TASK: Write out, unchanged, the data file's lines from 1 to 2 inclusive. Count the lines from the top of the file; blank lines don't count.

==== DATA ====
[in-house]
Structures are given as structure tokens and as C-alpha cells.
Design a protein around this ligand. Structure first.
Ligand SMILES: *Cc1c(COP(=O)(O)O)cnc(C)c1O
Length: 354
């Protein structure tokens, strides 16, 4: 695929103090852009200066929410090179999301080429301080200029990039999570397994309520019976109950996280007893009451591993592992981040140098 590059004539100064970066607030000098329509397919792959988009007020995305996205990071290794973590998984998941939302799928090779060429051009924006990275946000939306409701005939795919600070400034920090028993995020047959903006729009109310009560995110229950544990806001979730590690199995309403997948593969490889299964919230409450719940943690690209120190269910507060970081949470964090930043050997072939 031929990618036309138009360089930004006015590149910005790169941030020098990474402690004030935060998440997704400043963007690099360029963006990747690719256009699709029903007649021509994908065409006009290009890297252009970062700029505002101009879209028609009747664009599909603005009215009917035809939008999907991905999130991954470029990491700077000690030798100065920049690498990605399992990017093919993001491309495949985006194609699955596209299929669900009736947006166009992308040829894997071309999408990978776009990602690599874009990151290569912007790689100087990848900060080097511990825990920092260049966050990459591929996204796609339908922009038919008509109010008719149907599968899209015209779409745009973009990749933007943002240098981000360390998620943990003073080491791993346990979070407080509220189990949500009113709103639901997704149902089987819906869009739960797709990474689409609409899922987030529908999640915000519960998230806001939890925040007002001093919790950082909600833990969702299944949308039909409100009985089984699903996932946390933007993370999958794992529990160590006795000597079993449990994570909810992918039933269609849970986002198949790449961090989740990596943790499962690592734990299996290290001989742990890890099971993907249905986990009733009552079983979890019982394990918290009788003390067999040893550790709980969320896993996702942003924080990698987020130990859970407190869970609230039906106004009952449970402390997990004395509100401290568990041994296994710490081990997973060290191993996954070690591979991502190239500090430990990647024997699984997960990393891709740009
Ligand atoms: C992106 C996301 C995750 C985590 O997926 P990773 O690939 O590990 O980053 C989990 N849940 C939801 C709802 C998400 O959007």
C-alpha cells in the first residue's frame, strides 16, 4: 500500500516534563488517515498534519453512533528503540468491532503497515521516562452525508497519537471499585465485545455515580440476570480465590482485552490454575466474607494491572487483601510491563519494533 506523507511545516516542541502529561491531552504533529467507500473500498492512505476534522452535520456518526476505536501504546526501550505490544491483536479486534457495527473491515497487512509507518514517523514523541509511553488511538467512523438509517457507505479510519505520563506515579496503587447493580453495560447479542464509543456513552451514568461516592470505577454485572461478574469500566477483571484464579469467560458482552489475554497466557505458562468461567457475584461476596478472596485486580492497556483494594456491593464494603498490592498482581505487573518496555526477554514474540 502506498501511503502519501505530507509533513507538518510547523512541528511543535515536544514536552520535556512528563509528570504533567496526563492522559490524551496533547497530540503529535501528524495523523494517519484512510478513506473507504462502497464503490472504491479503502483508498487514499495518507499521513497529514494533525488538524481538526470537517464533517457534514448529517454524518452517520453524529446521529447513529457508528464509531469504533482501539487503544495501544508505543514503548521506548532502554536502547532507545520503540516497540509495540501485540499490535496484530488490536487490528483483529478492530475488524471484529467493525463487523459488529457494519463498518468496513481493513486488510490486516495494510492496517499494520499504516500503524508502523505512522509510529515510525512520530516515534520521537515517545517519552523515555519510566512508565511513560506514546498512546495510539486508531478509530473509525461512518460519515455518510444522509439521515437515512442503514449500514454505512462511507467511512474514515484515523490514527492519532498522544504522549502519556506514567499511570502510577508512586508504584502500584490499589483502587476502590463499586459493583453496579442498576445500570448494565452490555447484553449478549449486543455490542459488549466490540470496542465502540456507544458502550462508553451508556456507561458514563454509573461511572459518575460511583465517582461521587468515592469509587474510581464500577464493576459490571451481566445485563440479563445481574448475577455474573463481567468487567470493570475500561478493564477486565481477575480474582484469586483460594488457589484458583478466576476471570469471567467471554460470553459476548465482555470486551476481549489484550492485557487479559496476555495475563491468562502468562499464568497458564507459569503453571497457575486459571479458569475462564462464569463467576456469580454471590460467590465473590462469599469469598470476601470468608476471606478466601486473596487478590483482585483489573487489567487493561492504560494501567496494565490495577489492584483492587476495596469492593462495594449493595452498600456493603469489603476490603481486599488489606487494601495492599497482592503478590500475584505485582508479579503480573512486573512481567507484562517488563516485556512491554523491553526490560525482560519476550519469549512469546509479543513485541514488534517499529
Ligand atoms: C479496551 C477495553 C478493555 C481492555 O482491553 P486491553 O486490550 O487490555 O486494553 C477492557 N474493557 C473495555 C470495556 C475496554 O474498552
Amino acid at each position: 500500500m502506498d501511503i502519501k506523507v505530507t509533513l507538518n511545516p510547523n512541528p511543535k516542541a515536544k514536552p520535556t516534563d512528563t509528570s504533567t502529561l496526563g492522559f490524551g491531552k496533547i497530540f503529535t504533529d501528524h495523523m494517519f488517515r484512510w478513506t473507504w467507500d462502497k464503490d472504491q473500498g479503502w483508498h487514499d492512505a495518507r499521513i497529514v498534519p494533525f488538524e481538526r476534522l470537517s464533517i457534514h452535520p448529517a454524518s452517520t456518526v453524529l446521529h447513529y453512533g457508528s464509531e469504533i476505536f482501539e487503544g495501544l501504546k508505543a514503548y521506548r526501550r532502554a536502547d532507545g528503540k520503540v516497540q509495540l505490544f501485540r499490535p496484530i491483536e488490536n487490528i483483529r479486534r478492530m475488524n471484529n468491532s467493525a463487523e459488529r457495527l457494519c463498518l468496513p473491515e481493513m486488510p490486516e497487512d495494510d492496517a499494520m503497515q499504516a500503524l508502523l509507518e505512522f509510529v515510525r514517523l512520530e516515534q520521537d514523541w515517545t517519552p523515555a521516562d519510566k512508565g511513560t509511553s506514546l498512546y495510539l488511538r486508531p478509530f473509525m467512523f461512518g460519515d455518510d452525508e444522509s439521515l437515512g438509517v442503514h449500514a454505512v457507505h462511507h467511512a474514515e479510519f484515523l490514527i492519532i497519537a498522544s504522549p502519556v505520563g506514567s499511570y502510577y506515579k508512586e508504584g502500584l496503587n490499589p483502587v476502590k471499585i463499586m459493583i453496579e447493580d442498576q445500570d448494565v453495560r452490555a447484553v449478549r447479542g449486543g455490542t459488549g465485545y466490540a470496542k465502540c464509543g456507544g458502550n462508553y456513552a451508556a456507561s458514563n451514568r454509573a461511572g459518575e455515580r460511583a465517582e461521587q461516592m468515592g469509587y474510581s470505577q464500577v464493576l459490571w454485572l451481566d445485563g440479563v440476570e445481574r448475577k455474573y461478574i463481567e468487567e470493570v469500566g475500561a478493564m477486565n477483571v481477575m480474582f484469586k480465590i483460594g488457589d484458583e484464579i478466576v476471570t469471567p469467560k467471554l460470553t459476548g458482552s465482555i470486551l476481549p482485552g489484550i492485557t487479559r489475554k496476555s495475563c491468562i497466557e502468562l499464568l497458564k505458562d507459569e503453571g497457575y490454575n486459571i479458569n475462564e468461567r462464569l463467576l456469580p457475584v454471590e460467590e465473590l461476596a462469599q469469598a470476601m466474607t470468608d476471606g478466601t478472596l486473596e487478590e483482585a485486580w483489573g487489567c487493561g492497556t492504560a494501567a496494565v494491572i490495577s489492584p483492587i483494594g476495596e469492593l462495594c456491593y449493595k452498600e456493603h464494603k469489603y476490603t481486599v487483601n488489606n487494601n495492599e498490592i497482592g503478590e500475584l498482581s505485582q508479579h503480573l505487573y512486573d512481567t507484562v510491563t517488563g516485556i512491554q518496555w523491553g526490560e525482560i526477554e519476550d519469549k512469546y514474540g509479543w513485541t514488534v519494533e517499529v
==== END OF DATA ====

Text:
[in-house]
Structures are given as structure tokens and as C-alpha cells.